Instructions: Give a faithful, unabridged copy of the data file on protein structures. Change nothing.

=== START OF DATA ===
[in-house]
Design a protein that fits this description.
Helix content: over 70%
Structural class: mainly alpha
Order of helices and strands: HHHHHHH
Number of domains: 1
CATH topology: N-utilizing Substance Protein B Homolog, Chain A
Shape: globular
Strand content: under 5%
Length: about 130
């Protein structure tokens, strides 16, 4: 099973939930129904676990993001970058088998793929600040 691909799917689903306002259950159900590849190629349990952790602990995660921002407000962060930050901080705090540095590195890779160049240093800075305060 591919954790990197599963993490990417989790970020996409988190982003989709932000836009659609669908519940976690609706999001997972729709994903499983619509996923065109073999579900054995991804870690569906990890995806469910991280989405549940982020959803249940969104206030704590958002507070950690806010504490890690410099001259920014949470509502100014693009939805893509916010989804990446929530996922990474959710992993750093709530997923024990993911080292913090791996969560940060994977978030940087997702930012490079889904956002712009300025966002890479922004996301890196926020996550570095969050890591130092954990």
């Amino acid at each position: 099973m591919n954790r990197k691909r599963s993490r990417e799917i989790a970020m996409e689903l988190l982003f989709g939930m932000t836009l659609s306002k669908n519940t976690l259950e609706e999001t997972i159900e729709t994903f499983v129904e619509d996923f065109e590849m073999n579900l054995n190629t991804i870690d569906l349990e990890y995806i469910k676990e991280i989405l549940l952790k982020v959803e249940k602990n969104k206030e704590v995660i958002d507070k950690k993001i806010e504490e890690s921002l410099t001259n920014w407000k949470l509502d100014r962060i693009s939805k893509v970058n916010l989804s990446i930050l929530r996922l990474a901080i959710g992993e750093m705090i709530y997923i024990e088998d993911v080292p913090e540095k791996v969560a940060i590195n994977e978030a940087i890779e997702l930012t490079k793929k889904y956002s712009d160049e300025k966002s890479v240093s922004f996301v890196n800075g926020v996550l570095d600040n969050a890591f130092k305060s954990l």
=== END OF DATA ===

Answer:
[in-house]
Design a protein that fits this description.
Helix content: over 70%
Structural class: mainly alpha
Order of helices and strands: HHHHHHH
Number of domains: 1
CATH topology: N-utilizing Substance Protein B Homolog, Chain A
Shape: globular
Strand content: under 5%
Length: about 130
């Protein structure tokens, strides 16, 4: 099973939930129904676990993001970058088998793929600040 691909799917689903306002259950159900590849190629349990952790602990995660921002407000962060930050901080705090540095590195890779160049240093800075305060 591919954790990197599963993490990417989790970020996409988190982003989709932000836009659609669908519940976690609706999001997972729709994903499983619509996923065109073999579900054995991804870690569906990890995806469910991280989405549940982020959803249940969104206030704590958002507070950690806010504490890690410099001259920014949470509502100014693009939805893509916010989804990446929530996922990474959710992993750093709530997923024990993911080292913090791996969560940060994977978030940087997702930012490079889904956002712009300025966002890479922004996301890196926020996550570095969050890591130092954990």
């Amino acid at each position: 099973m591919n954790r990197k691909r599963s993490r990417e799917i989790a970020m996409e689903l988190l982003f989709g939930m932000t836009l659609s306002k669908n519940t976690l259950e609706e999001t997972i159900e729709t994903f499983v129904e619509d996923f065109e590849m073999n579900l054995n190629t991804i870690d569906l349990e990890y995806i469910k676990e991280i989405l549940l952790k982020v959803e249940k602990n969104k206030e704590v995660i958002d507070k950690k993001i806010e504490e890690s921002l410099t001259n920014w407000k949470l509502d100014r962060i693009s939805k893509v970058n916010l989804s990446i930050l929530r996922l990474a901080i959710g992993e750093m705090i709530y997923i024990e088998d993911v080292p913090e540095k791996v969560a940060i590195n994977e978030a940087i890779e997702l930012t490079k793929k889904y956002s712009d160049e300025k966002s890479v240093s922004f996301v890196n800075g926020v996550l570095d600040n969050a890591f130092k305060s954990l």